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HerbalGram Publishes Seminal Article on Saw Palmetto

Article extensively covers the human history of a major native American medicinal plant

AUSTIN, Texas (December 15, 2021) — The American Botanical Council (ABC) recently published an extensive review of saw palmetto (Serenoa repens) in the winter issue (#132) of HerbalGram, ABC’s quarterly, peer-reviewed magazine.1 The cover story, by noted herbal expert, author, and photographer Steven Foster, explores the plant’s history of use, trade, conservation concerns, ecology, and biology, among other topics.Changing social and economic dynamics, coupled with complex human/saw palmetto interactions, past and present, are portrayed in this wide-ranging review. It also includes revealing new perspectives, particularly on historical food uses and medicinal uses, drawn together in one publication for the first time. The article, titled “The Historical Interplay of Plant Biology, Trade, and Human Interactions with Saw Palmetto,” spans 32 pages in HerbalGram, making it the longest feature ever published in the magazine’s 39-year history.“Saw palmetto is one of the most important native American medicinal plants in the United States and international herb trade,” said Mark Blumenthal, founder and executive director of ABC and editor-in-chief of HerbalGram. “This fascinating and detailed article covers almost every aspect of saw palmetto, except for much of the scientific and human clinical research. This article does not deal with the many clinical trials and at least 10 meta-analyses, as they have appeared in numerous other peer-reviewed publications. Steven Foster’s information-rich article covers other ground, and it includes information never before published elsewhere. It is the seminal article which most future saw palmetto articles should cite. ABC salutes our good friend Steven for his massive undertaking and unprecedented contribution to the botanical literature.”Saw palmetto is the most abundant palm in North America but occurs only in a limited range in the southeastern United States, sprawling across tens-of-thousands of acres in Florida and adjacent Georgia.Extracts of the berries are commonly used in dietary supplement products in the United States and phytomedicines in Europe and elsewhere, indicated for supporting prostate health and the prevention and treatment of benign prostatic hyperplasia (BPH). The berries are among the best-selling dietary supplement ingredients in the United States, ranking in the top 13 herbal dietary supplement products in both mainstream and natural retail channels.The entire supply is wild-harvested, reaching nearly seven million pounds of dried berries annually, making it North America’s highest volume wild-harvested herbal ingredient, according to Foster. As he explains in the article, the long-term effects of climate change, rising sea levels, and various human activities leading to habitat loss, may impact the long-term sustainability of harvest.According to Foster: “My decades-long intrigue with saw palmetto was inspired and encouraged by my late friend Marlin Huffman (1938–2002) of Plantation Botanicals, Inc., Felda, Florida to whom I dedicate the article. As a saw palmetto entrepreneur, in the 1990s he did more than almost anyone else to stimulate research on the plant and its biology.”The feature also explores the rich history of saw palmetto. For thousands of years indigenous peoples in the Southeast consumed the berries as staple foods and the shrubby palm served a myriad of material uses. The first commercial saw palmetto products introduced into pharmacies in Savannah, Georgia, in 1879 included the berry oil for food and medicinal use. By the 1890s most major drug houses offered saw palmetto formulations. It enjoyed official status in the United States Pharmacopeia (USP) from 1905 to 1926 and the National Formulary (NF) from 1926 to 1950. Today, saw palmetto and its derivative products are included in dietary supplement monographs in USP-NF 2021.Foster’s article has 110 references, including original documents and several obscure, difficult-to-find sources. It also features 27 of Foster’s photographs, including four of saw palmetto products and an advertisement from the 18th and 19th centuries, from Foster’s personal collection of historical herbal medicinal products and related ephemera.Reference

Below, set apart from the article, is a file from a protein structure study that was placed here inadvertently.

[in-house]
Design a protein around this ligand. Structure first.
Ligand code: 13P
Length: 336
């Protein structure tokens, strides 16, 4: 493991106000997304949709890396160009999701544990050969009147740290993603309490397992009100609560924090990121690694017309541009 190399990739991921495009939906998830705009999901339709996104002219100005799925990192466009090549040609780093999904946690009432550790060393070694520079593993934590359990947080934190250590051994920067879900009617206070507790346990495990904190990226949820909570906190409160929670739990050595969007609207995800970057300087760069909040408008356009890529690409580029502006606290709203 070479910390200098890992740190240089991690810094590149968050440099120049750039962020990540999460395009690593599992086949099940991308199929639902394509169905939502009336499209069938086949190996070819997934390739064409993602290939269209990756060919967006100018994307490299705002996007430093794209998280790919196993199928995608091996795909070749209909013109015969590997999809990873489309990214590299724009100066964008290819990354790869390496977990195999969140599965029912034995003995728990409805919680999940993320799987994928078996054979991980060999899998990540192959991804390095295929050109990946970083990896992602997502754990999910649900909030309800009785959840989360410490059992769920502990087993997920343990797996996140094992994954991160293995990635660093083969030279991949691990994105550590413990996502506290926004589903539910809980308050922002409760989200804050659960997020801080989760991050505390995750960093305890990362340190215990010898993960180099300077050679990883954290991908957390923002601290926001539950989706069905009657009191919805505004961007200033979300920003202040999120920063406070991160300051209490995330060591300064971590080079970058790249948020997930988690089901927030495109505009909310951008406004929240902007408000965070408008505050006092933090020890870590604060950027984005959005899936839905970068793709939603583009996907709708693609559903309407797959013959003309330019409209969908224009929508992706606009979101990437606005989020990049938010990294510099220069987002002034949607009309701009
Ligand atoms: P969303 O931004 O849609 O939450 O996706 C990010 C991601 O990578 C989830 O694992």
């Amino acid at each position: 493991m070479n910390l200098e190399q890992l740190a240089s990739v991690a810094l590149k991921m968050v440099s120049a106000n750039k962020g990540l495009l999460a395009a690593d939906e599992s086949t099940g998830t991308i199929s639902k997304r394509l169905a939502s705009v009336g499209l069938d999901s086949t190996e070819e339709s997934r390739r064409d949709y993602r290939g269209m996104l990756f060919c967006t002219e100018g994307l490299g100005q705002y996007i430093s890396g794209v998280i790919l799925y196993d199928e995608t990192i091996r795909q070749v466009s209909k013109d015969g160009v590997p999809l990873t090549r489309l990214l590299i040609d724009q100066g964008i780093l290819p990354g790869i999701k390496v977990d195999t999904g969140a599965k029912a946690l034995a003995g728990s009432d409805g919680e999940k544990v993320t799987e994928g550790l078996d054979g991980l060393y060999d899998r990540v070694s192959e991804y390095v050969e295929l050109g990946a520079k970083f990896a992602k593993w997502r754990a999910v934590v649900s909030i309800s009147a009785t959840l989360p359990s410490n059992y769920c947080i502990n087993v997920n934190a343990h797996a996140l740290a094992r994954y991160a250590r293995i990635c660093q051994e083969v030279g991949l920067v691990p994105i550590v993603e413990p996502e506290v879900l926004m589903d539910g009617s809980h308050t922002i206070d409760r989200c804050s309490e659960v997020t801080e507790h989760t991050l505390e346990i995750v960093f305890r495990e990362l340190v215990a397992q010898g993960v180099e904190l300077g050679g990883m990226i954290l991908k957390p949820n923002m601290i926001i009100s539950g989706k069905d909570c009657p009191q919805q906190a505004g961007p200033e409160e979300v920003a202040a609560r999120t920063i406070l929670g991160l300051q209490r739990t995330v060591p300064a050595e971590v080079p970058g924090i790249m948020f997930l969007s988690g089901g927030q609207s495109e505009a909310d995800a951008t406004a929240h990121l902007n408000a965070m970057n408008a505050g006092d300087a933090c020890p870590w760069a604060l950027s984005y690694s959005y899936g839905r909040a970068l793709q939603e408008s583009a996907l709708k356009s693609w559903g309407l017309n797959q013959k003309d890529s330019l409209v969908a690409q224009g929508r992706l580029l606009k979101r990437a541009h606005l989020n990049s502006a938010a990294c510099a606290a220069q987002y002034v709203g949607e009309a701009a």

1. Foster S. The Historical Interplay of Plant Biology, Trade, and Human Interactions with Saw Palmetto. HerbalGram 2021;132:36-67. Available at: Accessed December 14, 2021.